Certainly a Cardinal, Bishop, priest, deacons, monk, nun, or any layperson can possibly die unrepentant from actual mortal sin and suffer eternal punishment in Hell. It is the teaching of the Church that not all Christians will reach eternal life [Denz. 717b]. But is it possible for a valid Pope, as the head of the Church, to die unrepentant from actual mortal sin and be condemned to Hell?
Many commentators are quick to answer: “Yes, it is possible.” But I wonder whether the indefectibility of the Church, which implies the indefectibility of the Pope, might also preserve him, not from mortal sin itself, but from dying unrepentant from actual mortal sin.
Some Popes are certainly Saints, who go directly to Heaven when they die. Then there are undoubtedly some non-Saint Popes, who spend some time in Purgatory before going to eternal life in Heaven. We can even assert that some few Popes, in the distant past, were guilty of grave sins, which became publicly known. But it is not so clear whether any Popes were so sinful that they did not repent from actual mortal sin through the last moment of life.
The point of this article, though, is not to accuse or exonerate any particular Pope, but to consider the sheer possibilities.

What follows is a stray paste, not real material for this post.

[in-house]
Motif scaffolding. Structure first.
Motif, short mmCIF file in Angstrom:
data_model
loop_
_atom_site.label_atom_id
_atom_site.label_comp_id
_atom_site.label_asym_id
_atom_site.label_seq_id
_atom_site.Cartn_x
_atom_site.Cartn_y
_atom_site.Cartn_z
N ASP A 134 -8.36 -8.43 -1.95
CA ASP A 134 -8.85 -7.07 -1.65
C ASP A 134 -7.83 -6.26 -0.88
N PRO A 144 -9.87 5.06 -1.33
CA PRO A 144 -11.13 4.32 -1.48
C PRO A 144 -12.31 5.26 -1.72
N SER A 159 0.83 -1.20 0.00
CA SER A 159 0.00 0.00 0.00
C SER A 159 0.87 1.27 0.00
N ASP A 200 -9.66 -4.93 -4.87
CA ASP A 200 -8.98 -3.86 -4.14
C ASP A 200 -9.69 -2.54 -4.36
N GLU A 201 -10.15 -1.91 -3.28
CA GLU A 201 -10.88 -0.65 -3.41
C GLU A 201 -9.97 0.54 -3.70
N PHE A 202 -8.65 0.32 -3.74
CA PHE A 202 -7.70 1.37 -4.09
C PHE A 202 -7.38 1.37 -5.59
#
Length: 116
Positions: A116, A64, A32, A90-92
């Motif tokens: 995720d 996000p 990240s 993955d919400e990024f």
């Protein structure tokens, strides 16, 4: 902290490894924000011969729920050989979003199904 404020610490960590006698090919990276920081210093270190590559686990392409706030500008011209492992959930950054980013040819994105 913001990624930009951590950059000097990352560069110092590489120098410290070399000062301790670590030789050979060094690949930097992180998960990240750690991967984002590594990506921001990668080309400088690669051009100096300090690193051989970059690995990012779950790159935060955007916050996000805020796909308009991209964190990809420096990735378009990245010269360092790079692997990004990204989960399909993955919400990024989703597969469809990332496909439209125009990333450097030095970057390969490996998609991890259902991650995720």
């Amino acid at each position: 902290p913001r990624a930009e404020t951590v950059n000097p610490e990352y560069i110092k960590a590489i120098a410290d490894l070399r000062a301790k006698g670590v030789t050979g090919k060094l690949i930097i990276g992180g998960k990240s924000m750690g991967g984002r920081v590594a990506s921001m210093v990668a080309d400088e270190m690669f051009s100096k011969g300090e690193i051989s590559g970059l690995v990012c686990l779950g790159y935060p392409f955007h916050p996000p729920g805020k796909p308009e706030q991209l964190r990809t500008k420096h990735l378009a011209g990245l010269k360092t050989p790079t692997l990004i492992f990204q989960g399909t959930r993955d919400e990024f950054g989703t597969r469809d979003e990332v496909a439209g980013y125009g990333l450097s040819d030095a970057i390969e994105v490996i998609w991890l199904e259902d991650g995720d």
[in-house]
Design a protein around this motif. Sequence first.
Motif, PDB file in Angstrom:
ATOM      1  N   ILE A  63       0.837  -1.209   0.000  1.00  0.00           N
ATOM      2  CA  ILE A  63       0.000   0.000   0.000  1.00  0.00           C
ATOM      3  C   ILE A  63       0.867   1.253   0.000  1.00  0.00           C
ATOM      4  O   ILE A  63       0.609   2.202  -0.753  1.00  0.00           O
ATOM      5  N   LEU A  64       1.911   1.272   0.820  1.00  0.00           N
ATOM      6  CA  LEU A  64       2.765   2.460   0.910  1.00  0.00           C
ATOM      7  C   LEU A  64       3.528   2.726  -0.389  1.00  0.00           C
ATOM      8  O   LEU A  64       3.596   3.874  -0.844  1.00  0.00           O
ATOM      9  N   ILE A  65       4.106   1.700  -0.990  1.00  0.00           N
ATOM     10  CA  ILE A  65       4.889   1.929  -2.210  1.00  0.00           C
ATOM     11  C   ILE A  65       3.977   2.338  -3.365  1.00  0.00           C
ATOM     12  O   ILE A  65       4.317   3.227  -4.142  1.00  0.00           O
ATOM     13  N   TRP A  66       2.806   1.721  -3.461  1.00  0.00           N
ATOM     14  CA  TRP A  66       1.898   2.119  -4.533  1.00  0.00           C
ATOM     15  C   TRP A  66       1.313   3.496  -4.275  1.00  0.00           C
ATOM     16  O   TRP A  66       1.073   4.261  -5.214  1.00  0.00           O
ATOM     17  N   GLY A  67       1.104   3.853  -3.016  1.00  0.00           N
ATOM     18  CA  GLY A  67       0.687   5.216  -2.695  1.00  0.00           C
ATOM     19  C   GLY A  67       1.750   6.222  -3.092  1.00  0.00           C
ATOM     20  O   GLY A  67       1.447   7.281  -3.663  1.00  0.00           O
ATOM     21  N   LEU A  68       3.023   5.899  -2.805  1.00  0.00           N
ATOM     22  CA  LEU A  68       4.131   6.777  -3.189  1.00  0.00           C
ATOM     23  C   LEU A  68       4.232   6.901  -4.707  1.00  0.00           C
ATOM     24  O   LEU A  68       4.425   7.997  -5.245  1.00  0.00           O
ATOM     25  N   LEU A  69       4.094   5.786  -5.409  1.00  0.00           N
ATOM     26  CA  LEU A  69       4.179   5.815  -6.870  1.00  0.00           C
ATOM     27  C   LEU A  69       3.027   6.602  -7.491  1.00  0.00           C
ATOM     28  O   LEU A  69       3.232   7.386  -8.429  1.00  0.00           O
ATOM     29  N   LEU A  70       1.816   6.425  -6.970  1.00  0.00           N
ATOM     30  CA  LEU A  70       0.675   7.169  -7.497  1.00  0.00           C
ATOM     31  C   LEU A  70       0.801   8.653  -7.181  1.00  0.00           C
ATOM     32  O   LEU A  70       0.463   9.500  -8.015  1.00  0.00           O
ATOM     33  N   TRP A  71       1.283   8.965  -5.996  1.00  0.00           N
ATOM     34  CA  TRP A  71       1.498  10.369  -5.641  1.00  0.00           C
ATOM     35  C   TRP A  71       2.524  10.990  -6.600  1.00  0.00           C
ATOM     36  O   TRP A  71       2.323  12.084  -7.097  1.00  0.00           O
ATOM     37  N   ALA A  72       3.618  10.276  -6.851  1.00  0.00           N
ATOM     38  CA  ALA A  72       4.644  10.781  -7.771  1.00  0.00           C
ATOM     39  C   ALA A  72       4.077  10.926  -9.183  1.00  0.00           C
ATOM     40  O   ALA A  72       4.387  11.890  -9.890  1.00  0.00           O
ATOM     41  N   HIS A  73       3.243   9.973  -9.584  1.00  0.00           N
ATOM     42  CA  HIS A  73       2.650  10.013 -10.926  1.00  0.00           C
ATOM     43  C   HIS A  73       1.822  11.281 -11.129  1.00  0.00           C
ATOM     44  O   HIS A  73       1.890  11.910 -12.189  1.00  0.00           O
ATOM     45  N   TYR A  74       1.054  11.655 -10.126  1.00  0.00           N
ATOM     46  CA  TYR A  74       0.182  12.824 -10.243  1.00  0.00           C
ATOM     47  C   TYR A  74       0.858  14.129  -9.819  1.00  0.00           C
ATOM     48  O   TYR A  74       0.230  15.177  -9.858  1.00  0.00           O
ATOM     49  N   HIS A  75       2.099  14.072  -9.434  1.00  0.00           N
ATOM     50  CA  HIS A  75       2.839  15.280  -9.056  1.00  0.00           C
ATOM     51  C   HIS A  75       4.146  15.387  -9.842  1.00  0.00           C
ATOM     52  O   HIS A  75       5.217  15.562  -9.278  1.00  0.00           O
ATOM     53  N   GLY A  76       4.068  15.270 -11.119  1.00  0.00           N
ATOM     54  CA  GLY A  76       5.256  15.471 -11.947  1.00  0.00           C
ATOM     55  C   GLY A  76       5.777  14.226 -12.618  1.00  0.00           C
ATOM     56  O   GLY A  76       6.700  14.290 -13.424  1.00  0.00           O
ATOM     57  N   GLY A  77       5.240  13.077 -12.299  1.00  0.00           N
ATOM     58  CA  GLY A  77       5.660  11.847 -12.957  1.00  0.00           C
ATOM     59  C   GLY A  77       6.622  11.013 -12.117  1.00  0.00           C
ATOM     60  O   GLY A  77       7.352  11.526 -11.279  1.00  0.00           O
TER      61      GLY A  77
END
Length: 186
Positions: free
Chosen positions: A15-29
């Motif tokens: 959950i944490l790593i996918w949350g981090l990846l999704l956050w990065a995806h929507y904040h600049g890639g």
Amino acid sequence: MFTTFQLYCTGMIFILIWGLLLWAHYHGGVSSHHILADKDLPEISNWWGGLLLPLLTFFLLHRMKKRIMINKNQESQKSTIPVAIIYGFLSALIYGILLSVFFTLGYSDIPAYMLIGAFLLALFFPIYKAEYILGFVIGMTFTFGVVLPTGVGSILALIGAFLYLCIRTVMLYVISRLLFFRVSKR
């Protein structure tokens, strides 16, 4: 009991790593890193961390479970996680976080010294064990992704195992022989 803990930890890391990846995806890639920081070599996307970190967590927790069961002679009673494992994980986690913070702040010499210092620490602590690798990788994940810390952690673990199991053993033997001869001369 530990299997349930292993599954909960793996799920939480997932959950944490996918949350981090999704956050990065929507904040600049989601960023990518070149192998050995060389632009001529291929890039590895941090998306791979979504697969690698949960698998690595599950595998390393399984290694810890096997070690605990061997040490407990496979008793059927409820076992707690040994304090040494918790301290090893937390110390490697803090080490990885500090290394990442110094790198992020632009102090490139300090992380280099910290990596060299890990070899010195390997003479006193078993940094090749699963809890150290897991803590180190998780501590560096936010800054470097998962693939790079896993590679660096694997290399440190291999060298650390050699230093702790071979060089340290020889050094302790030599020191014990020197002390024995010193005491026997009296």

I suppose it is possible that God has decided to preserve each and every valid Pope, by providence and grace, from failure to repent from actual mortal sin, so that each and every Pope reaches Heaven. God might make this decision because the Pope is the Vicar of Christ, and the Head of the Church on earth. Just as it was fitting for God to give special graces to the Blessed Virgin Mary, due to her role as the Mother of God, it may perhaps be fitting for God at least to preserve every Pope from eternal hellfire, even if some of them have sinned much and will require a long stay in Purgatory.
On the other hand, we know that Peter the Apostle (before he became Pope) committed the grave sin of betraying Christ three times. He did repent and serve the Lord in holiness. But this event establishes the principle that the Pope can sin gravely. And we know of some Popes during the Middle Ages who committed grave sins (though we cannot be certain, at this point in time, if any Pope is guilty of all sins of which he has been accused). It seems clear, then, that God permits some Popes to commit actual mortal sin. So perhaps God also permits such a Pope to refuse to repent through the last moment of life, thereby committing the sin of final impenitence, which alone deserves eternal punishment. Cardinals and Bishops can commit grave sins and end up in Hell. As long as the Pope is prevented from teaching heresy, and from committing the particular sins of apostasy, heresy, and schism, the indefectibility of the Church is not harmed if the Pope sins personally and does not repent.
I am currently undecided on this question. I wrote this post to present the possibilities to the reader, and to reply to those persons who make the baseless assumption that some Popes may suffer eternal punishment. We should not be so certain on this point, because the Pope is the Vicar of Christ, with a special role pertaining to the Ark of Salvation. Perhaps, then, God does not permit any Pope to die without the state of grace.
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